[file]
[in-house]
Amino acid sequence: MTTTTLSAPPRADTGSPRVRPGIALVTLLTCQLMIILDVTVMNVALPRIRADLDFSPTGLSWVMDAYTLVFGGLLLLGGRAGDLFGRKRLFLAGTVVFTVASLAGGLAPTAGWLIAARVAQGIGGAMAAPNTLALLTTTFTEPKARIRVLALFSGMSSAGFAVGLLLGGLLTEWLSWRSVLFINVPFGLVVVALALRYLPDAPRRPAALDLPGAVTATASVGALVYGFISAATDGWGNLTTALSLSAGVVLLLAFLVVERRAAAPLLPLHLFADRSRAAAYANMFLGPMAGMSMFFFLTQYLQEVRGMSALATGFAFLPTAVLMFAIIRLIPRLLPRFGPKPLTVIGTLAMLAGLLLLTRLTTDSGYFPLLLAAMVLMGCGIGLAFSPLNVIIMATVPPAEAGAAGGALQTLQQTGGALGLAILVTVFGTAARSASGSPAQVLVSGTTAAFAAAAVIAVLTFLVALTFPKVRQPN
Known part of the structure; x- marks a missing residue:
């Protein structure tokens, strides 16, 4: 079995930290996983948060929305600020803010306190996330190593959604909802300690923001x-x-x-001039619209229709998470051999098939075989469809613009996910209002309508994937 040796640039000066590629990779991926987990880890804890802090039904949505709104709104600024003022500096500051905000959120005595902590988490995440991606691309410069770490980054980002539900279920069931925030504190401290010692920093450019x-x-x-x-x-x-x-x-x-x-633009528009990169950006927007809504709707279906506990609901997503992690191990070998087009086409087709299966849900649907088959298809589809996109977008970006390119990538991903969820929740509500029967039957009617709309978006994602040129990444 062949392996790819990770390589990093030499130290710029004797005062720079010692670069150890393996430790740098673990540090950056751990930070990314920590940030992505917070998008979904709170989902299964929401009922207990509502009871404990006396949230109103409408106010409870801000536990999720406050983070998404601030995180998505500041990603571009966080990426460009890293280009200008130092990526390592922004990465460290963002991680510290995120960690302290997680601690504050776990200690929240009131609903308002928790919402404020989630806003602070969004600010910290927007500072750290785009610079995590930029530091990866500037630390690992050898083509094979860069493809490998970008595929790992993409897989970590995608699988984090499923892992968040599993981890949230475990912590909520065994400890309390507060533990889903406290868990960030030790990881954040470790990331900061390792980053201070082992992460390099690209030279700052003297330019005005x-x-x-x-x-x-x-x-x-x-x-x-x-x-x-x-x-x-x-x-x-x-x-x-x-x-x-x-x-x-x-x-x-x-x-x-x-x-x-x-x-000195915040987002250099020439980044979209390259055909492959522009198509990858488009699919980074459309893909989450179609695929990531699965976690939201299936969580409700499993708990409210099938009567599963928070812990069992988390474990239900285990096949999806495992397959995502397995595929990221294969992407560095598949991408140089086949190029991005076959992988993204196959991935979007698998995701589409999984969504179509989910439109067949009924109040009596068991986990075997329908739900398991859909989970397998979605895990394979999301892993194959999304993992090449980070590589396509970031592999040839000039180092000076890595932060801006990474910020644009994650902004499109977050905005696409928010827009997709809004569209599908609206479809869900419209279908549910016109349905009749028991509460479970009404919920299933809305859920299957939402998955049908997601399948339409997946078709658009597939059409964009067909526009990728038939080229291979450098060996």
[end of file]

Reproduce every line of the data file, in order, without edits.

[in-house]
Amino acid sequence: MTTTTLSAPPRADTGSPRVRPGIALVTLLTCQLMIILDVTVMNVALPRIRADLDFSPTGLSWVMDAYTLVFGGLLLLGGRAGDLFGRKRLFLAGTVVFTVASLAGGLAPTAGWLIAARVAQGIGGAMAAPNTLALLTTTFTEPKARIRVLALFSGMSSAGFAVGLLLGGLLTEWLSWRSVLFINVPFGLVVVALALRYLPDAPRRPAALDLPGAVTATASVGALVYGFISAATDGWGNLTTALSLSAGVVLLLAFLVVERRAAAPLLPLHLFADRSRAAAYANMFLGPMAGMSMFFFLTQYLQEVRGMSALATGFAFLPTAVLMFAIIRLIPRLLPRFGPKPLTVIGTLAMLAGLLLLTRLTTDSGYFPLLLAAMVLMGCGIGLAFSPLNVIIMATVPPAEAGAAGGALQTLQQTGGALGLAILVTVFGTAARSASGSPAQVLVSGTTAAFAAAAVIAVLTFLVALTFPKVRQPN
Known part of the structure; x- marks a missing residue:
């Protein structure tokens, strides 16, 4: 079995930290996983948060929305600020803010306190996330190593959604909802300690923001x-x-x-001039619209229709998470051999098939075989469809613009996910209002309508994937 040796640039000066590629990779991926987990880890804890802090039904949505709104709104600024003022500096500051905000959120005595902590988490995440991606691309410069770490980054980002539900279920069931925030504190401290010692920093450019x-x-x-x-x-x-x-x-x-x-633009528009990169950006927007809504709707279906506990609901997503992690191990070998087009086409087709299966849900649907088959298809589809996109977008970006390119990538991903969820929740509500029967039957009617709309978006994602040129990444 062949392996790819990770390589990093030499130290710029004797005062720079010692670069150890393996430790740098673990540090950056751990930070990314920590940030992505917070998008979904709170989902299964929401009922207990509502009871404990006396949230109103409408106010409870801000536990999720406050983070998404601030995180998505500041990603571009966080990426460009890293280009200008130092990526390592922004990465460290963002991680510290995120960690302290997680601690504050776990200690929240009131609903308002928790919402404020989630806003602070969004600010910290927007500072750290785009610079995590930029530091990866500037630390690992050898083509094979860069493809490998970008595929790992993409897989970590995608699988984090499923892992968040599993981890949230475990912590909520065994400890309390507060533990889903406290868990960030030790990881954040470790990331900061390792980053201070082992992460390099690209030279700052003297330019005005x-x-x-x-x-x-x-x-x-x-x-x-x-x-x-x-x-x-x-x-x-x-x-x-x-x-x-x-x-x-x-x-x-x-x-x-x-x-x-x-x-000195915040987002250099020439980044979209390259055909492959522009198509990858488009699919980074459309893909989450179609695929990531699965976690939201299936969580409700499993708990409210099938009567599963928070812990069992988390474990239900285990096949999806495992397959995502397995595929990221294969992407560095598949991408140089086949190029991005076959992988993204196959991935979007698998995701589409999984969504179509989910439109067949009924109040009596068991986990075997329908739900398991859909989970397998979605895990394979999301892993194959999304993992090449980070590589396509970031592999040839000039180092000076890595932060801006990474910020644009994650902004499109977050905005696409928010827009997709809004569209599908609206479809869900419209279908549910016109349905009749028991509460479970009404919920299933809305859920299957939402998955049908997601399948339409997946078709658009597939059409964009067909526009990728038939080229291979450098060996």